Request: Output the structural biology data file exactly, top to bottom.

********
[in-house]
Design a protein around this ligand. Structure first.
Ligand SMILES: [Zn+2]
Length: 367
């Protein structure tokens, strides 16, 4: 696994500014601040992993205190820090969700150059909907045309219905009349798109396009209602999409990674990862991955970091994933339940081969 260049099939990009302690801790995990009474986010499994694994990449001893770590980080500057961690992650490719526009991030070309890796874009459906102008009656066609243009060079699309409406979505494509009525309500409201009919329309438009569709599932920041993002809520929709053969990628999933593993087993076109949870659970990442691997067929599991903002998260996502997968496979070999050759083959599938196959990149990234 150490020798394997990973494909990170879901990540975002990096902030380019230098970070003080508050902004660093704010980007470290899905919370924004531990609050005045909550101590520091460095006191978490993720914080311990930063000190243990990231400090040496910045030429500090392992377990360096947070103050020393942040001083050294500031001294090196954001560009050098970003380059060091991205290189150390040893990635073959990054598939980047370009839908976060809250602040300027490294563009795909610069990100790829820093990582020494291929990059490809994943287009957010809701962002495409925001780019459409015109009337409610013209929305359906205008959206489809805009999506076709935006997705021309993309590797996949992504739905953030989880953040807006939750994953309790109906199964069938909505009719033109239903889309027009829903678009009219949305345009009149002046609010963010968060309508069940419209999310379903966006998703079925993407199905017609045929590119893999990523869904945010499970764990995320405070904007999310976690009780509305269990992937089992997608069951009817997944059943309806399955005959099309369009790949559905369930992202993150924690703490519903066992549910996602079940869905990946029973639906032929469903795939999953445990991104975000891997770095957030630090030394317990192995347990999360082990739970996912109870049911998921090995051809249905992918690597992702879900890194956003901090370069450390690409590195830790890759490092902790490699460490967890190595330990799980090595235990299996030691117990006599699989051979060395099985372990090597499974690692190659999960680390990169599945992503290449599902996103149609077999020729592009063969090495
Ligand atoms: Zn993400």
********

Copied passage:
[in-house]
Design a protein around this ligand. Structure first.
Ligand SMILES: [Zn+2]
Length: 367
């Protein structure tokens, strides 16, 4: 696994500014601040992993205190820090969700150059909907045309219905009349798109396009209602999409990674990862991955970091994933339940081969 260049099939990009302690801790995990009474986010499994694994990449001893770590980080500057961690992650490719526009991030070309890796874009459906102008009656066609243009060079699309409406979505494509009525309500409201009919329309438009569709599932920041993002809520929709053969990628999933593993087993076109949870659970990442691997067929599991903002998260996502997968496979070999050759083959599938196959990149990234 150490020798394997990973494909990170879901990540975002990096902030380019230098970070003080508050902004660093704010980007470290899905919370924004531990609050005045909550101590520091460095006191978490993720914080311990930063000190243990990231400090040496910045030429500090392992377990360096947070103050020393942040001083050294500031001294090196954001560009050098970003380059060091991205290189150390040893990635073959990054598939980047370009839908976060809250602040300027490294563009795909610069990100790829820093990582020494291929990059490809994943287009957010809701962002495409925001780019459409015109009337409610013209929305359906205008959206489809805009999506076709935006997705021309993309590797996949992504739905953030989880953040807006939750994953309790109906199964069938909505009719033109239903889309027009829903678009009219949305345009009149002046609010963010968060309508069940419209999310379903966006998703079925993407199905017609045929590119893999990523869904945010499970764990995320405070904007999310976690009780509305269990992937089992997608069951009817997944059943309806399955005959099309369009790949559905369930992202993150924690703490519903066992549910996602079940869905990946029973639906032929469903795939999953445990991104975000891997770095957030630090030394317990192995347990999360082990739970996912109870049911998921090995051809249905992918690597992702879900890194956003901090370069450390690409590195830790890759490092902790490699460490967890190595330990799980090595235990299996030691117990006599699989051979060395099985372990090597499974690692190659999960680390990169599945992503290449599902996103149609077999020729592009063969090495
Ligand atoms: Zn993400």